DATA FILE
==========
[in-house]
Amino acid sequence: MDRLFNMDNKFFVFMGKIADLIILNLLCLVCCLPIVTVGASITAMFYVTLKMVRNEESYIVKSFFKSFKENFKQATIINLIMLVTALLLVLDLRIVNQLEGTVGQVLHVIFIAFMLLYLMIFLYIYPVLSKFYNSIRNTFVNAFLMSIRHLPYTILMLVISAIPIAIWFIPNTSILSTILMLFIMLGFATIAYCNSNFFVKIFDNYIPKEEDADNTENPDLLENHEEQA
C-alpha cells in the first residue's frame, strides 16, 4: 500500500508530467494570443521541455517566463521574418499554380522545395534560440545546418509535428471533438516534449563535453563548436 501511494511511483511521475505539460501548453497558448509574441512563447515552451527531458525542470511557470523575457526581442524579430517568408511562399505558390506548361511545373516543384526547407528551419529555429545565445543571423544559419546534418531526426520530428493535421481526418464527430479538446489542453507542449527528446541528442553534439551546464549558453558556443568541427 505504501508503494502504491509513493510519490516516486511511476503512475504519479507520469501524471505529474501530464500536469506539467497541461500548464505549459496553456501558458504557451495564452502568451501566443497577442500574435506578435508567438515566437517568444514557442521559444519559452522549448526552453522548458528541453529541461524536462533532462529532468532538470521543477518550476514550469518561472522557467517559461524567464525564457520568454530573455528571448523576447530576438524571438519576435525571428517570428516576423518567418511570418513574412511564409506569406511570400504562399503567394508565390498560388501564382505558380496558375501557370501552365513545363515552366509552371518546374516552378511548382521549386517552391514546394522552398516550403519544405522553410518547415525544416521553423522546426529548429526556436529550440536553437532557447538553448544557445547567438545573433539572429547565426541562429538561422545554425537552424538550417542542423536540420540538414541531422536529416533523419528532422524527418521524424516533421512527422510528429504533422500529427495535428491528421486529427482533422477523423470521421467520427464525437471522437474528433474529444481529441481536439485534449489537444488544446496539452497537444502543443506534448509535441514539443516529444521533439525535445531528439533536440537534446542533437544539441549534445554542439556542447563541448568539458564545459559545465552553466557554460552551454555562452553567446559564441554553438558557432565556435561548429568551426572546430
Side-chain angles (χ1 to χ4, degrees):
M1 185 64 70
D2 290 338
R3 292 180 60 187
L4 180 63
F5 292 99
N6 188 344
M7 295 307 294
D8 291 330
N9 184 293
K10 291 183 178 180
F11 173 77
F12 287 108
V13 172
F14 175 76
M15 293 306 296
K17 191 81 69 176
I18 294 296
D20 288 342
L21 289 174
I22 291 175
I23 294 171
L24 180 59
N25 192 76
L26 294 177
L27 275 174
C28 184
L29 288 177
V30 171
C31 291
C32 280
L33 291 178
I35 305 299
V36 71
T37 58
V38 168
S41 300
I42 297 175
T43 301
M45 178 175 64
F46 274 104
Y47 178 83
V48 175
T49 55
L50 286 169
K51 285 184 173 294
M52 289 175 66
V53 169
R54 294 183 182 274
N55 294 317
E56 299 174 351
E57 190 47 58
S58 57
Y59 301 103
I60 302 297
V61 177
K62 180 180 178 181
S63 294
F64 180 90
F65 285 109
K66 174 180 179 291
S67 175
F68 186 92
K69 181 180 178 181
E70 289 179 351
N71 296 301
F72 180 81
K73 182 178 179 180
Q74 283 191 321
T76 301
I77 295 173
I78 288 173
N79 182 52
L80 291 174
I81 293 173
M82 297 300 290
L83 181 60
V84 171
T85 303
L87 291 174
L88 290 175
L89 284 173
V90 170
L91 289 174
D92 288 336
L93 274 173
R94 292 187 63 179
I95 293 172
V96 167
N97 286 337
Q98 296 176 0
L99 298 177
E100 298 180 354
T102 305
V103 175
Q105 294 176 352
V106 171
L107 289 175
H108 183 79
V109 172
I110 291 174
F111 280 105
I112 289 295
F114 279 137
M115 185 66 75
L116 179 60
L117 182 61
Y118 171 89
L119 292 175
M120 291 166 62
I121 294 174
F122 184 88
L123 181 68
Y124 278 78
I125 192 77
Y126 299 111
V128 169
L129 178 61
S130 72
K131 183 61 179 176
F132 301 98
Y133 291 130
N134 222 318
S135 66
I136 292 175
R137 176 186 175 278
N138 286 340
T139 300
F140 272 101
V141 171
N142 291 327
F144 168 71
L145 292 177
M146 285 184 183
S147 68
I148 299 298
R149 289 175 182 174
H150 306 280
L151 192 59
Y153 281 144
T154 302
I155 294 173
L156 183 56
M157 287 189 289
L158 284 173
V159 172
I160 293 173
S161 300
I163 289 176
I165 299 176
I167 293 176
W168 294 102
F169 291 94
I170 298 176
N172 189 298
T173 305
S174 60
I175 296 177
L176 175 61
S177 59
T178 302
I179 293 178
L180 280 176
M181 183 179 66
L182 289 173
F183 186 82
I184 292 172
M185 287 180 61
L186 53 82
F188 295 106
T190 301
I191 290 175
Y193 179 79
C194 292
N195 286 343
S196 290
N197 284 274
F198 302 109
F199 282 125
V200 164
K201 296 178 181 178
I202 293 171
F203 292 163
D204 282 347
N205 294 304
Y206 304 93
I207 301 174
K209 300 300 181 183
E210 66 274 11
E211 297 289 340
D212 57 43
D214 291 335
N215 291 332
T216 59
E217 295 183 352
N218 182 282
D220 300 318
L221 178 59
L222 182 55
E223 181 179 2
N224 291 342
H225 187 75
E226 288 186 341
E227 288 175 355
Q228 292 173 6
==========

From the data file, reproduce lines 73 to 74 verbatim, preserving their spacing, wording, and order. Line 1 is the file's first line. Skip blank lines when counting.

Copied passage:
T76 301
I77 295 173